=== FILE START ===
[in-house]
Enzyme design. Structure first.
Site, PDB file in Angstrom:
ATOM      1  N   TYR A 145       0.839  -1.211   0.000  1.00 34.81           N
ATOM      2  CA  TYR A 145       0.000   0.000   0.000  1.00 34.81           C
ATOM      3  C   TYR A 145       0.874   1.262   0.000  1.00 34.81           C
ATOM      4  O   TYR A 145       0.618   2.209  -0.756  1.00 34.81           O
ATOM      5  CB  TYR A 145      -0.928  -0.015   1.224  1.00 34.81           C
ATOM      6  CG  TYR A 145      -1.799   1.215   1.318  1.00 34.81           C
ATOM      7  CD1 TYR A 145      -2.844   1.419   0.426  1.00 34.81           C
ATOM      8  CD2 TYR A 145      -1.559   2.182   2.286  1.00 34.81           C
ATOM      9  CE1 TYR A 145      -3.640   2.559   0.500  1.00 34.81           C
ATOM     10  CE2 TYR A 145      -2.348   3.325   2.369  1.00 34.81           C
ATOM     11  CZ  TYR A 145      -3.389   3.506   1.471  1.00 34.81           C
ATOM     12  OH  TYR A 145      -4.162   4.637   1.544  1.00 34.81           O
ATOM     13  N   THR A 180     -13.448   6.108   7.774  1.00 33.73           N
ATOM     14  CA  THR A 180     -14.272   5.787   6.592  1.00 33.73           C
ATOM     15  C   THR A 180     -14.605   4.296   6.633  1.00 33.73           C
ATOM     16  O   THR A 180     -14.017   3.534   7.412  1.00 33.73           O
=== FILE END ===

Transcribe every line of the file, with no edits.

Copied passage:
[in-house]
Enzyme design. Structure first.
Site, PDB file in Angstrom:
ATOM      1  N   TYR A 145       0.839  -1.211   0.000  1.00 34.81           N
ATOM      2  CA  TYR A 145       0.000   0.000   0.000  1.00 34.81           C
ATOM      3  C   TYR A 145       0.874   1.262   0.000  1.00 34.81           C
ATOM      4  O   TYR A 145       0.618   2.209  -0.756  1.00 34.81           O
ATOM      5  CB  TYR A 145      -0.928  -0.015   1.224  1.00 34.81           C
ATOM      6  CG  TYR A 145      -1.799   1.215   1.318  1.00 34.81           C
ATOM      7  CD1 TYR A 145      -2.844   1.419   0.426  1.00 34.81           C
ATOM      8  CD2 TYR A 145      -1.559   2.182   2.286  1.00 34.81           C
ATOM      9  CE1 TYR A 145      -3.640   2.559   0.500  1.00 34.81           C
ATOM     10  CE2 TYR A 145      -2.348   3.325   2.369  1.00 34.81           C
ATOM     11  CZ  TYR A 145      -3.389   3.506   1.471  1.00 34.81           C
ATOM     12  OH  TYR A 145      -4.162   4.637   1.544  1.00 34.81           O
ATOM     13  N   THR A 180     -13.448   6.108   7.774  1.00 33.73           N
ATOM     14  CA  THR A 180     -14.272   5.787   6.592  1.00 33.73           C
ATOM     15  C   THR A 180     -14.605   4.296   6.633  1.00 33.73           C
ATOM     16  O   THR A 180     -14.017   3.534   7.412  1.00 33.73           O